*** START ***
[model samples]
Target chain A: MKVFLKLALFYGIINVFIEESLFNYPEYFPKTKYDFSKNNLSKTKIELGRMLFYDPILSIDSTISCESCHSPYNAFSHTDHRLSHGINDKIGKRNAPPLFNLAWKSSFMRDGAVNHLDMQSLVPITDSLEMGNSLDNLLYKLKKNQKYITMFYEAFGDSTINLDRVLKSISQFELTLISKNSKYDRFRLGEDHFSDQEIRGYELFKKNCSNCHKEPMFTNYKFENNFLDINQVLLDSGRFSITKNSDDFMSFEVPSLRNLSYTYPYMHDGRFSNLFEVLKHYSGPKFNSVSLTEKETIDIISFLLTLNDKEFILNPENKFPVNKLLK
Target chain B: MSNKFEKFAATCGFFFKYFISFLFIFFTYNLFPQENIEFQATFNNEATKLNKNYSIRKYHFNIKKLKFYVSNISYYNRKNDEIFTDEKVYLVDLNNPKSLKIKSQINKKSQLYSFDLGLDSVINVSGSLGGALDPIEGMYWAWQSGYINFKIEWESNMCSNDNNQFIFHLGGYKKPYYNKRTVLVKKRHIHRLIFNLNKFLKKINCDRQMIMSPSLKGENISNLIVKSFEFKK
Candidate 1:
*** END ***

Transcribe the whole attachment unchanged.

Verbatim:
[model samples]
Target chain A: MKVFLKLALFYGIINVFIEESLFNYPEYFPKTKYDFSKNNLSKTKIELGRMLFYDPILSIDSTISCESCHSPYNAFSHTDHRLSHGINDKIGKRNAPPLFNLAWKSSFMRDGAVNHLDMQSLVPITDSLEMGNSLDNLLYKLKKNQKYITMFYEAFGDSTINLDRVLKSISQFELTLISKNSKYDRFRLGEDHFSDQEIRGYELFKKNCSNCHKEPMFTNYKFENNFLDINQVLLDSGRFSITKNSDDFMSFEVPSLRNLSYTYPYMHDGRFSNLFEVLKHYSGPKFNSVSLTEKETIDIISFLLTLNDKEFILNPENKFPVNKLLK
Target chain B: MSNKFEKFAATCGFFFKYFISFLFIFFTYNLFPQENIEFQATFNNEATKLNKNYSIRKYHFNIKKLKFYVSNISYYNRKNDEIFTDEKVYLVDLNNPKSLKIKSQINKKSQLYSFDLGLDSVINVSGSLGGALDPIEGMYWAWQSGYINFKIEWESNMCSNDNNQFIFHLGGYKKPYYNKRTVLVKKRHIHRLIFNLNKFLKKINCDRQMIMSPSLKGENISNLIVKSFEFKK
Candidate 1: